UN gets green light to inspect the decaying supertanker FSO Safer in Yemen
The United Nations has received official approval from the Houthi authorities in Yemen to carry out the planned expert mission to the decaying FSO Safer oil tanker, which poses a danger of massive oil spill to the region.
The Safer oil tanker is moored north of Hodeidah and is believed to be loaded with over 1 million barrels of crude oil. The ageing tanker has had almost no maintenance since 2015.
“We have now received an official letter from the de facto Ansar Allah authorities on Saturday indicating their approval for the UN proposal for the planned expert mission to the tanker,” Stéphane Dujarric, Spokesman for the Secretary‑General, said in a media briefing on Tuesday.
“This, as you know, has followed several weeks of constructive technical exchanges on the activities that will be undertaken by the expert team; it represents an important step forward in this critical work.”
Now that the UN proposal for the expert mission has been agreed upon, the mission will move forward with the procurement of necessary equipment, entry permits for mission staff, agreement of a work-order system onboard, and logistical planning.
“The de facto authorities have assured us that they will provide all the necessary facilitation to ensure that the expert team can deploy as quickly as possible,” the spokesman explained.
The objective of the UN-led expert mission is to assess the vessel and undertake initial light maintenance, as well as to formulate recommendations on what further action is required to neutralize the risk of an oil spill.
Special UN envoys have been calling for a mission to the dilapidated tanker amid fears that the tanker might rapture causing an explosion and a massive oil spill into the Gulf of Aden jeopardizing the livelihoods of the local population.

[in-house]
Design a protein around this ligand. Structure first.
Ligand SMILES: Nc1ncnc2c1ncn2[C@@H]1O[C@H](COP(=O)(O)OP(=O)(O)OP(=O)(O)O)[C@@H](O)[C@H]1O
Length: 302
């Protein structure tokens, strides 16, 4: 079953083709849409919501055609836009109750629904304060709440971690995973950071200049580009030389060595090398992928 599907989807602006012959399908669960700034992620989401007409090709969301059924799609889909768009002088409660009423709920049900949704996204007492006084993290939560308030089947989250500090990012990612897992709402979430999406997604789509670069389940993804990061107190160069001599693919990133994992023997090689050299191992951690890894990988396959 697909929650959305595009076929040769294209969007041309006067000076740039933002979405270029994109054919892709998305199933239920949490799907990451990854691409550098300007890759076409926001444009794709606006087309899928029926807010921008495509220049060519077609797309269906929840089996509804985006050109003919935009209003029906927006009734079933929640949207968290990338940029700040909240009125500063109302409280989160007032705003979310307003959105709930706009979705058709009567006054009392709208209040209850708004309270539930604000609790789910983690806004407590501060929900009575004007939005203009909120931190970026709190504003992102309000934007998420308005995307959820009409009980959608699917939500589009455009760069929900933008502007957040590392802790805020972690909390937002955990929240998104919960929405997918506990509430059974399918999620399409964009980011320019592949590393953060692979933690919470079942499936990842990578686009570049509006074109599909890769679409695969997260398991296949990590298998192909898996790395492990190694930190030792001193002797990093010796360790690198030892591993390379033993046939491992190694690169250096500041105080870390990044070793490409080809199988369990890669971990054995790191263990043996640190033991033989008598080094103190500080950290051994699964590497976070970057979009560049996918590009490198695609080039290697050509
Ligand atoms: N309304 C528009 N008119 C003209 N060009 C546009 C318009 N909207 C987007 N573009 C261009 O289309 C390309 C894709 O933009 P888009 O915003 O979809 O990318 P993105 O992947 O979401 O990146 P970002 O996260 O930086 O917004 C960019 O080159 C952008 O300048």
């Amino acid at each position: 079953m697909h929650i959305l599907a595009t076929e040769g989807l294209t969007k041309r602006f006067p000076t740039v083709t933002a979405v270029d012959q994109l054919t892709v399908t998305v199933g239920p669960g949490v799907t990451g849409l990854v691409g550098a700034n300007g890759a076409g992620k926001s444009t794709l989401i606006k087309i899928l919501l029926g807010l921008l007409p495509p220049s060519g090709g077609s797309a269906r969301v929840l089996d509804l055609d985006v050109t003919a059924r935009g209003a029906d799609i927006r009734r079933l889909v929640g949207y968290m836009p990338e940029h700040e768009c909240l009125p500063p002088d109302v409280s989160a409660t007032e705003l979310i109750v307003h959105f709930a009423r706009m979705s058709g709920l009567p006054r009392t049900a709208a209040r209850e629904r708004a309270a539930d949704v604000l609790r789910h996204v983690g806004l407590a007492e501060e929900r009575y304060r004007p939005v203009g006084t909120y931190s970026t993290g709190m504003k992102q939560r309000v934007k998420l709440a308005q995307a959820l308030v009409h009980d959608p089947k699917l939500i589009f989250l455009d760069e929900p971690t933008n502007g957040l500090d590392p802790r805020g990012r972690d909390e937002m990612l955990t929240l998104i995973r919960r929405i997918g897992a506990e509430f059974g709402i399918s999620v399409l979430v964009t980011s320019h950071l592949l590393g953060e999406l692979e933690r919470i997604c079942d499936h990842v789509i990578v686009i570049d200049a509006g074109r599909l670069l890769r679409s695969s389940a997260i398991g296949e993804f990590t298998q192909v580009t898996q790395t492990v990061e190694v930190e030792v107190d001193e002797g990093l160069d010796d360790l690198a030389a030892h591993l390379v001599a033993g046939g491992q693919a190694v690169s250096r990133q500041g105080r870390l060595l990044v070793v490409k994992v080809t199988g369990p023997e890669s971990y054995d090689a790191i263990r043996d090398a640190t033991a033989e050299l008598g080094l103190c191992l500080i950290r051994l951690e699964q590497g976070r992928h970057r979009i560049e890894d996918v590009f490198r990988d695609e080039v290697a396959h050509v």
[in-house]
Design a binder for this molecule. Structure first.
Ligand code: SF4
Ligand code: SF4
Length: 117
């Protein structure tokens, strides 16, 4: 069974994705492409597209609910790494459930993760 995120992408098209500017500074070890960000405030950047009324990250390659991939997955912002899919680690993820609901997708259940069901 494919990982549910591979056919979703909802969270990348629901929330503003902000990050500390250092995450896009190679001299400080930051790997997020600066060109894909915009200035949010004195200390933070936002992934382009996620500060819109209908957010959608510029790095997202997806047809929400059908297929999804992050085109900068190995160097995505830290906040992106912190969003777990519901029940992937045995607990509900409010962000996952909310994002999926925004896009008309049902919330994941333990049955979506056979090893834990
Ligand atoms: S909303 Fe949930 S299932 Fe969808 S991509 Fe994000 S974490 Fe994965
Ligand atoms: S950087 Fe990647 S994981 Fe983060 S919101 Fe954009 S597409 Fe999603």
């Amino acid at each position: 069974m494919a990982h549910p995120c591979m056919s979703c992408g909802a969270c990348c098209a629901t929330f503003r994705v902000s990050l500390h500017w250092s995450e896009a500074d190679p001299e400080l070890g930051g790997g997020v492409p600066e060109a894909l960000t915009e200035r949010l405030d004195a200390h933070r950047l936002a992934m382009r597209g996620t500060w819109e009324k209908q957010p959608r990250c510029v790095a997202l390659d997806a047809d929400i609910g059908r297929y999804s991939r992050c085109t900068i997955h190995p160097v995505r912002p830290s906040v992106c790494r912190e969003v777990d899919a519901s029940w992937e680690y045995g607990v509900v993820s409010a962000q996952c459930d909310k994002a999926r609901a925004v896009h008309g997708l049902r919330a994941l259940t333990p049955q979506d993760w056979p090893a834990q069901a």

While the west coast of Yemen would be hit the hardest, the impact would likely extend to Djibouti, Eritrea, and Saudi Arabia, according to the estimates from the UN.
The vessel, officially owned by the Government of Yemen, was once used as a floating storage and offloading terminal (FSO) for vessels loading crude oil from a nearby Marib-Ras Isa pipeline.
It has been moored 7km off the Ras Isa port since 1988 and fell under Houthi control in 2015 after the Houthi forces captured the port. Since then, it has been used as a bargaining chip between Houthis and the Yemeni-government, backed by the Saudi-led coalition.
As reported by the UN, the one-time supertanker, built in Japan in 1974, sprung a leak in late May, flooding its engine room with seawater and threatening to destabilize the vessel and spill its cargo. Another spill was reported back in September, making the mission to the vessel ever more urgent.
Similar negotiations between the UN and the Houthis have taken place over the past few years, however, efforts to access the vessel by independent experts fell through.
When asked by the media, whether this could be the case again, Dujarric said:
“We’ve had, in the past, a kind of an intention of saying yes, but there have been different steps. These were technical talks about how this is going to work. It had been a broad permission… broad statement of saying, yes, you can come and do what you need to do on the tanker, but we need to figure out the technical modalities; right? And, so, this is a further step in the right direction.”
The UN now needs to work out the exact deployment timeline, which will depend on the market availability of the required equipment, the required staff, the shipping times, etc.
“Now, our colleagues at UNOPS [United Nations Office for Project Services] have under their belt the market analysis already, so they know where to get the material. They know where to get the people, but these timelines need to be worked out,” he added.
As explained, the mission staff and the equipment are expected to arrive on site by late January or early February.